Other countries in Asia have also become significant suppliers of global saving during the past decade. After many years when the saving and investment ratios trended higher by a broadly similar magnitude, the average investment ratio in the rest of Asia region (Asia excluding Japan, China and India) fell sharply after the 1997–98 Asian financial crisis while its average saving ratio remained at a high level. As a consequence, this region has recorded a large current account surplus since that time (Graph 10). This trend is evident in both the newly industrialising economies of Asia (Hong Kong, Singapore, Korea and Taiwan) as well as the ASEAN group.

Graph 10
Graph 10: Rest of Asia

China's current account surplus remained very small for an extended period, as China's saving and investment ratios were broadly equal. However, starting from the early 2000s, China's saving ratio increased especially rapidly, driven in particular by a large increase in saving by the corporate sector. While the investment ratio also increased during this period, the rise was smaller (Graph 11). As a consequence, China has become one of the largest suppliers of global saving – totalling around $440 billion in 2008 – with a current account surplus of over 10 per cent of GDP in 2008, compared with around 3 per cent as recently as 2004.

Graph 11
Graph 11: China

Like China, the saving ratio in India also increased sharply during the 2000s, rising from around one-quarter of its GDP in 2001 to be well over one-third by 2008, driven by increases in saving by the household, corporate and government sectors (Graph 12). However, unlike China, the surge in India's saving ratio has continued to be matched by a commensurate increase in its investment ratio. As a consequence, India has recorded only very modest current account positions through time.

Graph 12
Graph 12: India

Finally, the average saving ratio of the oil exporters (the Middle East region plus Russia) has fluctuated widely in line with changes in world oil prices, with the saving ratio having risen sharply in the 2000s (Graph 13). In contrast, their investment ratio has remained fairly steady through time, at around the levels seen in other regions outside of Asia. As a consequence, the combined current account surplus of the oil exporters increased sharply in recent years, standing at over $440 billion in 2008.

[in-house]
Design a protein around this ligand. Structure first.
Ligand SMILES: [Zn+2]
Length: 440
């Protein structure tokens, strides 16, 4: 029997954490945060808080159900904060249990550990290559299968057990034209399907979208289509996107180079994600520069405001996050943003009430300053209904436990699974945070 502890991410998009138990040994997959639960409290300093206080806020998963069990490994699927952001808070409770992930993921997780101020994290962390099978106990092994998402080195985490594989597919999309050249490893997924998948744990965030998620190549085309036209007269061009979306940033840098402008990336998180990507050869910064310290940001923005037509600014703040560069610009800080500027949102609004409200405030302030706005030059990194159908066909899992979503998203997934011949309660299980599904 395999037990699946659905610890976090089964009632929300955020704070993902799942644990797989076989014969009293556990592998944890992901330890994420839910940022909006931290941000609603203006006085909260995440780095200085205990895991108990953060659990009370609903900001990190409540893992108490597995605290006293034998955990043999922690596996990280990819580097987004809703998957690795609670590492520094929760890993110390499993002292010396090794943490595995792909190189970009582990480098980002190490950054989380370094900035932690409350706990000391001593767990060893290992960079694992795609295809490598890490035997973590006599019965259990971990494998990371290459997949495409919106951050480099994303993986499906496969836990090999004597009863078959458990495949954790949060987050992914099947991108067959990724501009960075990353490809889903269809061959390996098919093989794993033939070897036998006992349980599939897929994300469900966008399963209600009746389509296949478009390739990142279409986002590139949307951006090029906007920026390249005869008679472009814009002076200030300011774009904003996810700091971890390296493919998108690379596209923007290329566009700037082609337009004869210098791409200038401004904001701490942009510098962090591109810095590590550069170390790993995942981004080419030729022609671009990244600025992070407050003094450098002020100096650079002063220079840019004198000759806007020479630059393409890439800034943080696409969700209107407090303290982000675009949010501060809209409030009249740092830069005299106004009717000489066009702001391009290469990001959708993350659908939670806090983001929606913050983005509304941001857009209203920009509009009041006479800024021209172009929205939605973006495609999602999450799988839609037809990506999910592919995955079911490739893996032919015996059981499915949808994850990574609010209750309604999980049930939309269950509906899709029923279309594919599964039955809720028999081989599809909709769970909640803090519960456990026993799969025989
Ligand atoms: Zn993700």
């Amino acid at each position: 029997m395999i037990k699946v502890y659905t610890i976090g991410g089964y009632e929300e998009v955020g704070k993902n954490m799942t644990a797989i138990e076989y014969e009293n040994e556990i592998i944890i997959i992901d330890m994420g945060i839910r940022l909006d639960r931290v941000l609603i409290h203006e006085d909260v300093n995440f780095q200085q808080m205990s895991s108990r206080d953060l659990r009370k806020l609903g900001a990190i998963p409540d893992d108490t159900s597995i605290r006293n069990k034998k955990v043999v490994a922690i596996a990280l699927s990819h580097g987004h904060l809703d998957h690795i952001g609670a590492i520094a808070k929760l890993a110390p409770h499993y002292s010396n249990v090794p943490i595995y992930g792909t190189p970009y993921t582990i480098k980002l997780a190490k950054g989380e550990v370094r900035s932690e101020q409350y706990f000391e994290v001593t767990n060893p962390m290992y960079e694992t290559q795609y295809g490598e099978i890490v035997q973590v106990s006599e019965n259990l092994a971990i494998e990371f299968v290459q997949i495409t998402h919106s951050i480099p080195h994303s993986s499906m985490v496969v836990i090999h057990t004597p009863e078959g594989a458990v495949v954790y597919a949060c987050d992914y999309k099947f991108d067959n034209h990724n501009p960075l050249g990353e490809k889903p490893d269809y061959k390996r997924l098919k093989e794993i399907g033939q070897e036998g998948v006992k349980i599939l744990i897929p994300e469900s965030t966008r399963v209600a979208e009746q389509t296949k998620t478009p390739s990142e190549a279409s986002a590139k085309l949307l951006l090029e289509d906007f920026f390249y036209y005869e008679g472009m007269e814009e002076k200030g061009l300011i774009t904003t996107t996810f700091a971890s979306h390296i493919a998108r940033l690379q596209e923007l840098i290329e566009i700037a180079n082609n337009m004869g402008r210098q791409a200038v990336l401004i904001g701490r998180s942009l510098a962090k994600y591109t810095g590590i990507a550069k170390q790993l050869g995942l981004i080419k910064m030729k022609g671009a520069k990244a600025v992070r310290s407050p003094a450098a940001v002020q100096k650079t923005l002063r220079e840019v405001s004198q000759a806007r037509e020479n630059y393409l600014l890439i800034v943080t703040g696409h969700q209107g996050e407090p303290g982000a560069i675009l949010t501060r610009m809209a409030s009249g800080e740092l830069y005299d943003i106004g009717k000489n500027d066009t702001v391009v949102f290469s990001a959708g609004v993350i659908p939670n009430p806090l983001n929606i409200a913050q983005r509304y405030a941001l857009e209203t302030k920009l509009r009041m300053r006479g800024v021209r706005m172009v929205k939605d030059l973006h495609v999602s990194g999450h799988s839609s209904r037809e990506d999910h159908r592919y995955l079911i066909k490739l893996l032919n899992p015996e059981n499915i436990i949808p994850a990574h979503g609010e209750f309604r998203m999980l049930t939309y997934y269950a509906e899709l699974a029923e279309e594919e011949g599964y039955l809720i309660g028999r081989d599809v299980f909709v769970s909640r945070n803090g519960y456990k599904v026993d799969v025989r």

Graph 13
Graph 13: Oil Exporters

Trends in 2009

The recent sharp downturn in global economic activity is projected to lead to a significant fall in the global saving and investment ratio and large shifts in the current account positions of some major countries and regions. Most of this reflects the sharp fall in the investment ratio in the United States in 2009 – driven by a slump in domestic demand and tight financial conditions – as well as sharply reduced saving in the oil exporters following the large fall in oil prices since mid 2008 (Graph 14). The current account of the oil exporters is expected to be in broad balance in 2009.

Graph 14
Graph 14: Current Account Balances

In comparison, the projected changes in current account positions in other economies and regions in 2009 are fairly small. Like in the United States, the investment ratio in Emerging Europe is expected to decline, with an accompanying reduction in the size of the region's current account deficit. While the investment ratio in Japan is also projected to fall, its saving ratio is expected to decline somewhat faster. In contrast, the investment and saving ratios and the size of the current account surplus in China are expected to remain very high in 2009.


This article was prepared by Jennie Cassidy and David Orsmond of Economic Analysis Department, and extends the discussion in Orsmond D (2005), ‘Recent Trends in World Saving and Investment Patterns’, RBA Bulletin, October, pp 28–36. [1]

The data are primarily taken from the April 2009 World Economic Outlook database of the International Monetary Fund. The global saving and investment data shown in Graph 1 abstract from the large valuation changes in these data for the former Soviet Union in the period through 1991. More generally, country-specific saving and investment data are subject to significant measurement error, although the gap between the recorded global saving and investment ratios has been relatively small since the mid 1990s. [2]